A randomised split-unit design experiment was conducted in order to identify how heat stress affects milk protein production, and to separate its direct physiological effects from the indirect effects of reduced VFI. Separate groups of 12 Holstein-Friesian cows were used in two runs (24 cows total). The cows were tethered in six temperature controlled rooms in pairs. The cows were randomly allocated to three treatments. In each experimental run, two rooms were subjected to each treatment. The three treatments were 1) thermoneutral environment + ad libitum intake (C); 2) ad libitum intake + imposed heat stress (H); and 3) intake restricted to that observed in H but thermoneutral environment as in C (R). Heat stress caused significant reductions in milk yield beyond those attributable to reduced VFI only. There was no additional effect of heat stress on milk protein concentration, and it was concluded that intake was the most important factor in determining milk protein concentration. Casein number, casein:whey ratio and casein concentration in milk were all significantly affected by heat stress beyond the effects of diet restriction. Heat stress caused changes in casein and whey protein composition, which were not found with restricted intake alone. The proportion in total casein of αS1-casein increased and the proportion of αS2-casein decreased. The proportion of blood serum albumin (BSA) in total whey protein increased under the effects of heat stress. Heat stressed and restricted intake cows appeared to mobilise different tissues as endogenous sources of energy under paired feeding. When heat stress and restricted intake conditions were removed, milk composition, casein and whey protein profiles of H and R quickly returned to those of C.

Immediate and residual effects of two lengths of low plane of nutrition (PON) on the synthesis of milk protein and protein fractions were studied in a randomised design experiment with three treatments (twelve cows each treatment). All cows were fed on a base diet of 7.0kg DM/day ryegrass pasture, plus supplemental silage, which was removed from the diet to reduce PON for either three or nine weeks. The experiment covered three sequential periods 1) covariate – high PON (five weeks), 2) period of low PON for either three weeks or nine weeks, and 3) period of high PON to assess ability of cows to recover any production lost as a result of treatments (five weeks). There was a significant effect of duration of low PON, with L9 causing reductions in milk true protein, fat, lactose, casein and urea concentrations. With the exception of urea, there was a significant residual effect on the synthesis of these components even after PON was improved. There was no significant effect of low PON of either duration on casein composition.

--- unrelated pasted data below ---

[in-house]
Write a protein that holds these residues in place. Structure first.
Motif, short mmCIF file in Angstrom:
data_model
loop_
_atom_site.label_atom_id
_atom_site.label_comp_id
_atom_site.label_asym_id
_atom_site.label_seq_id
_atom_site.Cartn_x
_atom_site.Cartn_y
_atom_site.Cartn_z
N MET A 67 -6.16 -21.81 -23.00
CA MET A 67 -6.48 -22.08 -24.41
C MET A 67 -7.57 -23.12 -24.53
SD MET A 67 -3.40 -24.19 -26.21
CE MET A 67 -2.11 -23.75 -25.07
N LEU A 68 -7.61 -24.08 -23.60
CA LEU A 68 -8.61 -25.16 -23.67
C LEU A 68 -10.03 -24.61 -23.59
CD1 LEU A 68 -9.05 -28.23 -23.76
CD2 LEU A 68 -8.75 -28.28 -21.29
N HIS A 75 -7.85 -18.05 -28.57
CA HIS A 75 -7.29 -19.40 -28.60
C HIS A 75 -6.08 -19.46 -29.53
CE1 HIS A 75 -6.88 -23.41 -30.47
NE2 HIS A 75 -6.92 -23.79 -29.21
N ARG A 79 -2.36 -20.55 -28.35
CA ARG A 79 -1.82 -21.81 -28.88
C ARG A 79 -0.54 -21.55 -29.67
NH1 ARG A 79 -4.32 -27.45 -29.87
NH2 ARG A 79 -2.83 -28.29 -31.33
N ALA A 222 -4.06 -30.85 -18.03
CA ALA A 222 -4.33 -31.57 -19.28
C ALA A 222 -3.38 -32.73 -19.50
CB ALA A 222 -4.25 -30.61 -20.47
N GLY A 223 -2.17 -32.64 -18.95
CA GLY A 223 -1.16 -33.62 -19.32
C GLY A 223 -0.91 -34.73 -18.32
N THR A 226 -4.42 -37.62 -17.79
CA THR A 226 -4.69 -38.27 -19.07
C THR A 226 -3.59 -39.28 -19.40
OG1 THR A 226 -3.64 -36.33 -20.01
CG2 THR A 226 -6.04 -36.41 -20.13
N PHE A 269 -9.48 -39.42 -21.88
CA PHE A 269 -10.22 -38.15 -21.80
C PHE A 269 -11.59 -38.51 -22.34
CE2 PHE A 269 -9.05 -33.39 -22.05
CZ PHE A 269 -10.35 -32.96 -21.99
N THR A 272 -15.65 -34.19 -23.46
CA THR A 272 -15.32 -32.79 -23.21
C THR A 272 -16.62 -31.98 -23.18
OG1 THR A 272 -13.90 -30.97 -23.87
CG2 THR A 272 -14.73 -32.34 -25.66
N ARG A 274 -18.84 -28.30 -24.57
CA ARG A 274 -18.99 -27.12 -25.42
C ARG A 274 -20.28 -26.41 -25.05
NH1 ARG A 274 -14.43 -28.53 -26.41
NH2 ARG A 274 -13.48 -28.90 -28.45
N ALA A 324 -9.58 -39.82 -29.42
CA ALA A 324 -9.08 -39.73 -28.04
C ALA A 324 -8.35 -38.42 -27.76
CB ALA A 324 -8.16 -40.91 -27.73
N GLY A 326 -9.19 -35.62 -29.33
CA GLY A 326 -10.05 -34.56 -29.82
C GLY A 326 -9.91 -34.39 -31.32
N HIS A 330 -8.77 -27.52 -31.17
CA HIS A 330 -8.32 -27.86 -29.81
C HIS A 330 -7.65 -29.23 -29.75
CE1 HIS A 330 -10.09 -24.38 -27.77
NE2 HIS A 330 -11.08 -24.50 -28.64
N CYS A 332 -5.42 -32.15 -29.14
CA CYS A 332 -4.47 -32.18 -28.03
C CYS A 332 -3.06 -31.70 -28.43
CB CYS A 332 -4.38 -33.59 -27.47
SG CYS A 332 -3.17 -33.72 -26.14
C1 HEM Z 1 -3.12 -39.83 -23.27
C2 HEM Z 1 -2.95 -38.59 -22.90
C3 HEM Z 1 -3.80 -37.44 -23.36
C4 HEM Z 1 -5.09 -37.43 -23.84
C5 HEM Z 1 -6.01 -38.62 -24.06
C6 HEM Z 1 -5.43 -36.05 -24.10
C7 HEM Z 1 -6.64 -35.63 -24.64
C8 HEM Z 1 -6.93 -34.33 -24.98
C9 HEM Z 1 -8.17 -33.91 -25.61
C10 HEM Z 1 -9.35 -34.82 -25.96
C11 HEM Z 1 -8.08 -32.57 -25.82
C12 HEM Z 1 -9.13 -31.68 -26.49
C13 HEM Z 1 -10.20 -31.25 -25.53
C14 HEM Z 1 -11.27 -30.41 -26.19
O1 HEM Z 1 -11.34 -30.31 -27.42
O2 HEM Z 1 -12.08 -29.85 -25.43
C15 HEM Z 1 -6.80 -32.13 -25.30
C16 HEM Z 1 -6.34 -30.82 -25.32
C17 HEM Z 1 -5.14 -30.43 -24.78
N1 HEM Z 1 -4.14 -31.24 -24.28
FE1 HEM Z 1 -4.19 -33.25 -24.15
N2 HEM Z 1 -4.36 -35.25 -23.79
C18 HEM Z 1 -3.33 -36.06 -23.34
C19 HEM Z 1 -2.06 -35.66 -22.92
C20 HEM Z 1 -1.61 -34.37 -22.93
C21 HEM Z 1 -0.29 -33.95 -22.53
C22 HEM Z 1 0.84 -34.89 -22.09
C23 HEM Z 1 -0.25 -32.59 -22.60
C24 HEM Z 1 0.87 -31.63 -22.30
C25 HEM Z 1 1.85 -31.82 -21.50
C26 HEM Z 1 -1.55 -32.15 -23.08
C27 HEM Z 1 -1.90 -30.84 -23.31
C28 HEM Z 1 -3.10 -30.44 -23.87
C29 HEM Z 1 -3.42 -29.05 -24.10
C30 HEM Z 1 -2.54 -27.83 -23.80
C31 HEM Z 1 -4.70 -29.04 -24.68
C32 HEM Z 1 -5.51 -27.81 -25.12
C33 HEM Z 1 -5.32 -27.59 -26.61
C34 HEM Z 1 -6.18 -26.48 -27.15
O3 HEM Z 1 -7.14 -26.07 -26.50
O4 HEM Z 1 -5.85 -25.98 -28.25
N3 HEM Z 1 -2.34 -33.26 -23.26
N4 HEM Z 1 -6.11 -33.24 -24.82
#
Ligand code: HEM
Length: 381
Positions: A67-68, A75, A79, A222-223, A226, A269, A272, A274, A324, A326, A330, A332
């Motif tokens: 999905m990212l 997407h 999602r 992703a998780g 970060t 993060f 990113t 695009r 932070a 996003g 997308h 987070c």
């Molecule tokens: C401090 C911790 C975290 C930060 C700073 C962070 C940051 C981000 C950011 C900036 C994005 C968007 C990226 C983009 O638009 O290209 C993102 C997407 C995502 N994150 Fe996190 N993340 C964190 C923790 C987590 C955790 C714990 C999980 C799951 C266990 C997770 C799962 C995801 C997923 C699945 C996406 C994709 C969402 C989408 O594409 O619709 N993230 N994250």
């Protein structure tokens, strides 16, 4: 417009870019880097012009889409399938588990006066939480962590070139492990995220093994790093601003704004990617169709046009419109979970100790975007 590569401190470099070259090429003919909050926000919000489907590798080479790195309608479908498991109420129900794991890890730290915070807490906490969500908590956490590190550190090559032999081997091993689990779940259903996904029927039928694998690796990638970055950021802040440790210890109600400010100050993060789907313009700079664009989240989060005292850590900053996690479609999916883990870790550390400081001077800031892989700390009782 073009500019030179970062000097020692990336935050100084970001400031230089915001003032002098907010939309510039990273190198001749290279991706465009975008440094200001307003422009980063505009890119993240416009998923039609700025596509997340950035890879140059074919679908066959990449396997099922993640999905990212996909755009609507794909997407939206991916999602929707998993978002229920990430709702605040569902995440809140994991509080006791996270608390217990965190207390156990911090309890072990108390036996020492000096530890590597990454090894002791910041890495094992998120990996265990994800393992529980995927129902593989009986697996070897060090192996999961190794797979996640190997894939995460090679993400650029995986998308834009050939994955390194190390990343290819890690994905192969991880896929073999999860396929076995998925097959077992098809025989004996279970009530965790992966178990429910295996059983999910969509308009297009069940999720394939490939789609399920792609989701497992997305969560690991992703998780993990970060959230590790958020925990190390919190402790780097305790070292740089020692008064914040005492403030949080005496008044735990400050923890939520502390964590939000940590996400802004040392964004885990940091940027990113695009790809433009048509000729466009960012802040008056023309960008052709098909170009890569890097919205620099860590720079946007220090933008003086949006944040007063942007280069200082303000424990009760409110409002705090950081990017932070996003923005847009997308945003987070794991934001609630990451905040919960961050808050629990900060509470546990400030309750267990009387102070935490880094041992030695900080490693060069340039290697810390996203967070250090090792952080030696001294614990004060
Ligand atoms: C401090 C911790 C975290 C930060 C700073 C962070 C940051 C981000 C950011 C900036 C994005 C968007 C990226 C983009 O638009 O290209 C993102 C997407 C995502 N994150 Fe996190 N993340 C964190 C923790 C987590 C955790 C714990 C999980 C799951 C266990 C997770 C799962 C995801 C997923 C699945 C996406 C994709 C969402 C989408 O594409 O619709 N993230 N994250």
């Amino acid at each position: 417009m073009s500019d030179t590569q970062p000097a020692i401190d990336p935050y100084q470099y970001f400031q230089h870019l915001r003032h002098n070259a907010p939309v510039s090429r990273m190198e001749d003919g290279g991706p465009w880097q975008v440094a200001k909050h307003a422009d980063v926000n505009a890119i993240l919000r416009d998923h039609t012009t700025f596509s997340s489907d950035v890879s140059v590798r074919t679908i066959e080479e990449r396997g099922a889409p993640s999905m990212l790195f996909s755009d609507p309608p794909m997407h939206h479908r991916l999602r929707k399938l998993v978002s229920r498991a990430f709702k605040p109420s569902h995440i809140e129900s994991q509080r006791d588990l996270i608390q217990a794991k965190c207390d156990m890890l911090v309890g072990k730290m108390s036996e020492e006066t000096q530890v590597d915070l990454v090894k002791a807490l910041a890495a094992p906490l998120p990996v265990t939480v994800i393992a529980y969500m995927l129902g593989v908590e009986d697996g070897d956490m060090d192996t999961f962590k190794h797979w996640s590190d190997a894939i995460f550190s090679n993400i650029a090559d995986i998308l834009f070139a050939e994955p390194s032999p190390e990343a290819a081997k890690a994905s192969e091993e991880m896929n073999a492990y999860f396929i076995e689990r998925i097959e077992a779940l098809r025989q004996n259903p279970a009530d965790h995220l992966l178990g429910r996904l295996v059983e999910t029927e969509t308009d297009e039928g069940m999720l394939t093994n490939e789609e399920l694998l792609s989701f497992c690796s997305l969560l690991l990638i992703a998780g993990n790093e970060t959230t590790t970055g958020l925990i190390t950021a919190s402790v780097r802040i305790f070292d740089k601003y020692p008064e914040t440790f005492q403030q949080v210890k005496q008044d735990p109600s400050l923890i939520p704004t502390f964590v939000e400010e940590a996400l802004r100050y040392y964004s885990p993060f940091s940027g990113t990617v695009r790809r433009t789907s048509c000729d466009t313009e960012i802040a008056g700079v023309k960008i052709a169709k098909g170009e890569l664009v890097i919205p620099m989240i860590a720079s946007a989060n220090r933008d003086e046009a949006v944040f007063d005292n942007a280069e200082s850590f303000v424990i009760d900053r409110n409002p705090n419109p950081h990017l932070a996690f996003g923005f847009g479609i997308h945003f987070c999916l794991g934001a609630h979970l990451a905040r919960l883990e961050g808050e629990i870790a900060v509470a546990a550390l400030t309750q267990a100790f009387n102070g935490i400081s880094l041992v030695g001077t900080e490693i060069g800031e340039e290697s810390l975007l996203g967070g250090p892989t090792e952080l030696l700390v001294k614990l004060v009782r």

Through the suite of experiments in this thesis, it was concluded that milk protein composition and milk casein composition are highly variable between cows and over time. The most significant finding of this thesis program was that heat stress caused changes in the metabolism of the lactating cow and in the mammary synthesis of protein and casein components, beyond that attributable simply to reduced (VFI). It would appear that factors associated with the day of sampling, for example ambient temperature, played the most significant role in causing variation within protein composition. An intriguing finding of this suite of experiments was that there would appear to be correlation between sample day (and all its associated environmental factors) and crude protein, true protein, casein and whey protein concentrations, but yet no effect on casein mass fractions. It was concluded that the potential for nutritional interventions designed to alter milk protein composition, and especially milk casein composition, towards a specific profile remains very limited at this time.
Keyword Casein
Milk protein
Heat stress
Stage of lactation

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Created: Thu, 07 Feb 2013, 16:04:39 EST by Frances Cowley on behalf of Scholarly Communication and Digitisation Service